This valve issue can cause heart muscle to weaken as the heart works harder to push blood.
The aortic valve is one of the heart’s four valves. It’s on the left side of the heart. It sits between the left lower chamber (left ventricle) and the large blood vessel that sends blood to the body (aorta).
Aortic stenosis means the aortic valve has a problem opening. With aortic stenosis, the left ventricle has to work harder to push the blood through the valve. In some cases, this extra work will make the muscle of the ventricle thicken. In time, the extra work can tire the heart and cause the heart muscle to weaken. Stenosis usually gets worse slowly, over many years. But sometimes it can get worse quickly.
Possible causes of aortic stenosis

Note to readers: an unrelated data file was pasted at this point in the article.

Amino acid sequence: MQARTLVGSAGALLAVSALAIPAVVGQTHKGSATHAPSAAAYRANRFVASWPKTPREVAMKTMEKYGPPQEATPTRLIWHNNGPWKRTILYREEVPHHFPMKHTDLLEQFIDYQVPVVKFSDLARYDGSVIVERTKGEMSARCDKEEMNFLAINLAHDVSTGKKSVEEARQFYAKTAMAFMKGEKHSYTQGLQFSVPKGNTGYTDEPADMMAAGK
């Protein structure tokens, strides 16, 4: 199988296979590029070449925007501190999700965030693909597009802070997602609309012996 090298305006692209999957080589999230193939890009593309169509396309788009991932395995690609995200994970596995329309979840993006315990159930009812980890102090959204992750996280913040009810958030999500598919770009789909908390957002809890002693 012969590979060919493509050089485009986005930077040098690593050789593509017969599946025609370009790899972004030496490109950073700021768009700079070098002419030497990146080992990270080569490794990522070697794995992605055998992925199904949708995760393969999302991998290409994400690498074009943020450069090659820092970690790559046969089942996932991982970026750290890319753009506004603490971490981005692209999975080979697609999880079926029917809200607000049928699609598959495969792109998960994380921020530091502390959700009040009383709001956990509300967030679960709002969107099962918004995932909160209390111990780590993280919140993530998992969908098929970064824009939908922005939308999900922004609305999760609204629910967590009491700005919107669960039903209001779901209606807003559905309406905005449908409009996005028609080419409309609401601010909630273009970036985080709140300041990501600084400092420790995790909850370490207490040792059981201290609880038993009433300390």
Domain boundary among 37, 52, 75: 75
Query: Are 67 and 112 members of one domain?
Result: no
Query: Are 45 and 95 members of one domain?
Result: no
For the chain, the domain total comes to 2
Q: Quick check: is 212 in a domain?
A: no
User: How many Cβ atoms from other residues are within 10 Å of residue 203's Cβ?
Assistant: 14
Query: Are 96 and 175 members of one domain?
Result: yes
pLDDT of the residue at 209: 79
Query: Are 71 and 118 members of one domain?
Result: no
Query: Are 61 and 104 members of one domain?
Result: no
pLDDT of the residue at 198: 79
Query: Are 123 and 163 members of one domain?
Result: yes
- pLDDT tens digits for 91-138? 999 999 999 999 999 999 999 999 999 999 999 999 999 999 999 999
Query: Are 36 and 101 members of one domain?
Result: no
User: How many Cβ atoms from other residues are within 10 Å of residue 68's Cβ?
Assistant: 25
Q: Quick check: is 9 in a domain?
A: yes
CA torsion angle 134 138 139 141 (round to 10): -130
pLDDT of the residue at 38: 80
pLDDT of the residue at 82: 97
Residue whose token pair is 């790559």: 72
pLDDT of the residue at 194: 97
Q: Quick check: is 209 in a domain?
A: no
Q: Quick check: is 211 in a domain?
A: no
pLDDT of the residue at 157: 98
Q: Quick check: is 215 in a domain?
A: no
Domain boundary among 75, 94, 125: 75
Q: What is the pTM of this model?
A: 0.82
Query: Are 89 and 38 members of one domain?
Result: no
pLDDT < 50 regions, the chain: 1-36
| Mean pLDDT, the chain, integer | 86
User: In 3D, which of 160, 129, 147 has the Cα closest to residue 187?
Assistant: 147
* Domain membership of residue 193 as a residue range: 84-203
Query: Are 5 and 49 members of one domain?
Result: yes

Calcium deposits can form on the aortic valve with age. These deposits make the valve stiff and hard to open. Some people are born with an abnormal aortic valve. Or the aortic valve may have been damaged by rheumatic fever or a heart infection. Radiation therapy used as treatment for cancers such as lymphoma can be another possible cause.
Treatment for aortic stenosis
In many cases, treatment won’t be needed unless you have symptoms. If you do have symptoms, medicines may help ease them.
If the stenosis is severe, your doctor may suggest surgery to replace the valve. Or you may have a catheter-based procedure (transcatheter aortic valve replacement, or TAVR) to replace the valve, even if you aren’t feeling symptoms.
Vanderbilt University Medical Center is a leader in treating heart valve disease with the newest transcatheter techniques. Vanderbilt’s team includes general cardiologists, interventional cardiologists and cardiac surgeons, all with advanced training and expertise in structural heart and valve disease. They treat patients with diseases of the aortic, mitral or tricuspid valve, from the routine to the complex.